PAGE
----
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Motion of two objects in a perfectly inelastic collision

  1. Sep 19, 2009 #1
    Imagine two small metal spheres of equal mass and size moving at the same speed in opposite direction collide with each other. Logically (without doing the math) it seems that both spheres will collide and just stop "dead" (because of equal mass and speed). I don't know whether I made a fundamental oversight in not actually calculating the results but I have a problem with the phenomenon I state above.

    If the spheres collide and stop, then they would have stopped in no distance at all... that is and infinitely large deceleration. That would require an infinite force.. We know an infinitely large force is not generated in this instance so obviously the spheres wouldn't just stop instantly.. they would decelerate over a small (perhaps tiny) distance...
    Where does this distance "come from"? they don't pass into each other so one would be lead to assume that the spheres were deformed... can deformation account for this discrepancy? and if so.. just out of curiosity... what if the spheres were made out of a very hard substance like diamond? ( $$ )
     
  2. jcsd
  3. Sep 19, 2009 #2
    In a perfectly inelastic collision the initial kinetic energy is transformed into heat or potential energy of deformation. In the latter case the deformation displacement delta_x is determined with the initial kinetic energy and the coefficient of elasticity. Also, deceleration takes time. The harder material is, the smaller the displacement.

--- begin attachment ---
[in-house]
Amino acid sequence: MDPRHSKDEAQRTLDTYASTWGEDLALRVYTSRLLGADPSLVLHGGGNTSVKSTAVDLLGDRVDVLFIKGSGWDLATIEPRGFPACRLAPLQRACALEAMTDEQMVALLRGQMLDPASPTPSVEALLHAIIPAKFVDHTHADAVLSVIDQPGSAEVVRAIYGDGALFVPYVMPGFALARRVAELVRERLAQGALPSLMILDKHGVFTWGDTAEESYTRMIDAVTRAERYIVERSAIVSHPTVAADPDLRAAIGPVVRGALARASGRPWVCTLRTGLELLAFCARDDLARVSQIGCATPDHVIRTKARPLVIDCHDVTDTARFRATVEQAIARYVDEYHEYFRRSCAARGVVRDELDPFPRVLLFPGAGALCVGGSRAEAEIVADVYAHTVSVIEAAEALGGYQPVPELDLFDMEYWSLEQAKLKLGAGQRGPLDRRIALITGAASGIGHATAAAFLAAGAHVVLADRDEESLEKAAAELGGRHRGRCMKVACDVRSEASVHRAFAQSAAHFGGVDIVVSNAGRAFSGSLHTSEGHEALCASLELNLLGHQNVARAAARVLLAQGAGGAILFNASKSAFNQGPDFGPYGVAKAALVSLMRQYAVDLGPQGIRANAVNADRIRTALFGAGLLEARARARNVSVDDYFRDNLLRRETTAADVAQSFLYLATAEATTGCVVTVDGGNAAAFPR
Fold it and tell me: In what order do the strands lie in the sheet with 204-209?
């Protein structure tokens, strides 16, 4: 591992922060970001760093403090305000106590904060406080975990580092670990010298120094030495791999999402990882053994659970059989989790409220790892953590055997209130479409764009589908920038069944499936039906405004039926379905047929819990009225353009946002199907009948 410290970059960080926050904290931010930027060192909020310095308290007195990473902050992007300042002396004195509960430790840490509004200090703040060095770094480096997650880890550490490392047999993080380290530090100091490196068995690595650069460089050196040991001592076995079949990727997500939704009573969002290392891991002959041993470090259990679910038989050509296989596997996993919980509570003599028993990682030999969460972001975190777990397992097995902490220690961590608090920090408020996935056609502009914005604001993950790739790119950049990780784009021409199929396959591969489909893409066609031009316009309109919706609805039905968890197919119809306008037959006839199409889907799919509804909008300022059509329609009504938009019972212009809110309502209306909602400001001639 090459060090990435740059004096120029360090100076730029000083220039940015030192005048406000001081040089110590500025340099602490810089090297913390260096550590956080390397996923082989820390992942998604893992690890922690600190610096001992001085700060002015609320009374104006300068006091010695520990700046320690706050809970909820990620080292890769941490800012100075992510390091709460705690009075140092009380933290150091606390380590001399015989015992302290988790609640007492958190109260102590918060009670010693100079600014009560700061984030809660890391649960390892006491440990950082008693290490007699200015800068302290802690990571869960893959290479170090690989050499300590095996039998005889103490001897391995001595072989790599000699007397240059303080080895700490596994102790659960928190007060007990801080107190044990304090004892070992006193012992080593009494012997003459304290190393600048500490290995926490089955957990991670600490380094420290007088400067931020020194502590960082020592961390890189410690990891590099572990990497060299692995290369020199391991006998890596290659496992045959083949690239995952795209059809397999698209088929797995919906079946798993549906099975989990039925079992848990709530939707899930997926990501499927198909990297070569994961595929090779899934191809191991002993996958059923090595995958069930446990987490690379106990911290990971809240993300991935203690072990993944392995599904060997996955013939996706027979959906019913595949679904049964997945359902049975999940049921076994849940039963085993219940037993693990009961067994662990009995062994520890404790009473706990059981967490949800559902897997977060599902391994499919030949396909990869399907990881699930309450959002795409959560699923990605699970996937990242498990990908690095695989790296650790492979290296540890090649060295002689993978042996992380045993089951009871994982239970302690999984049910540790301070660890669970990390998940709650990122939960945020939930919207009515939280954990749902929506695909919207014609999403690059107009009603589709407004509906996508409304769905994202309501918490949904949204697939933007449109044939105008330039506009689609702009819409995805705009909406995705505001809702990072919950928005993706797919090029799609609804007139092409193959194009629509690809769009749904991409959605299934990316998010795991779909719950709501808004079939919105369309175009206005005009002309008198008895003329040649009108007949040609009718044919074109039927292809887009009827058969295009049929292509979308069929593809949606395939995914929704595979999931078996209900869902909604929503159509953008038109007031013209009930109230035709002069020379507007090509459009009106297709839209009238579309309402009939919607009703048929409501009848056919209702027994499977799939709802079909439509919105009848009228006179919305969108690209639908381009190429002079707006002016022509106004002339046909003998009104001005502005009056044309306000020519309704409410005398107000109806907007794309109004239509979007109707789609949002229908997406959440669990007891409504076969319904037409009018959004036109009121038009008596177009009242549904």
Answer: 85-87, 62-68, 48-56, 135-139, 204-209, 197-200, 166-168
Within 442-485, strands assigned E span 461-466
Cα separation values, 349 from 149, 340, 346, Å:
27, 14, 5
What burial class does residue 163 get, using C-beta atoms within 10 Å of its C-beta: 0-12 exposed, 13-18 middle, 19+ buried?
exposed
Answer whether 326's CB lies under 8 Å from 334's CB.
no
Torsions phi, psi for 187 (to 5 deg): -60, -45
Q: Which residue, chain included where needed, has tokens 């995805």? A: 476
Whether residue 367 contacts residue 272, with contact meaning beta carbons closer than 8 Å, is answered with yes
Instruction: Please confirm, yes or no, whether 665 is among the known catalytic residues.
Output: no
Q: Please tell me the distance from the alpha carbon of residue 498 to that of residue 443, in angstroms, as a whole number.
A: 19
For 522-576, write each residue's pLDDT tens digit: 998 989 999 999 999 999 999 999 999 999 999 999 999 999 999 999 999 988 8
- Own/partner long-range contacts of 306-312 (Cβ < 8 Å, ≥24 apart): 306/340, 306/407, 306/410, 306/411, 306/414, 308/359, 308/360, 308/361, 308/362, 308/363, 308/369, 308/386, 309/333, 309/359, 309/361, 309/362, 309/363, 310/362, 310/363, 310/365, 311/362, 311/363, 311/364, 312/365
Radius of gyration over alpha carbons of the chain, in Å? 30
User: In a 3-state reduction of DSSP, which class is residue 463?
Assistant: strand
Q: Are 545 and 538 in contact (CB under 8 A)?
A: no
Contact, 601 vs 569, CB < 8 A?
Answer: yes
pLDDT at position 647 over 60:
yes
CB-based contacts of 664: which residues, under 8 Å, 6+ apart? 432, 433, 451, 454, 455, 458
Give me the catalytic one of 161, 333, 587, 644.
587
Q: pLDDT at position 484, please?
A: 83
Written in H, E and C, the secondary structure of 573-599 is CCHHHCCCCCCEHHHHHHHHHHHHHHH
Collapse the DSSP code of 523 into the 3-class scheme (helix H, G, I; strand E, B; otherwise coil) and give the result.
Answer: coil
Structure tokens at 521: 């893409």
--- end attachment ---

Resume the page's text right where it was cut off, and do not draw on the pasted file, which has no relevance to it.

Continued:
If you consider elastic collisions, then, after deformation the potential energy of deformation transforms into kinetic energy and two ball fly apart.
     
  4. Sep 19, 2009 #3

    rock.freak667

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    Homework Helper

    well from the momentum equation

    mu-mu=2mvf → vf=0

    But in an perfectly inelastic collision, the objects coalesce or stick together. So they'd have to deform really. If they could not deform for some reason then the final momentum would also be zero but the objects could move off with a velocities v1 and v2.

    Like an example is a car crash, both can be going at the same velocity in opposite directions but when they crash (perfectly inelastically) they'd crumple up and stick together.
     
  5. Sep 20, 2009 #4
    in other words.. what I said in my first post just won't happen..
     
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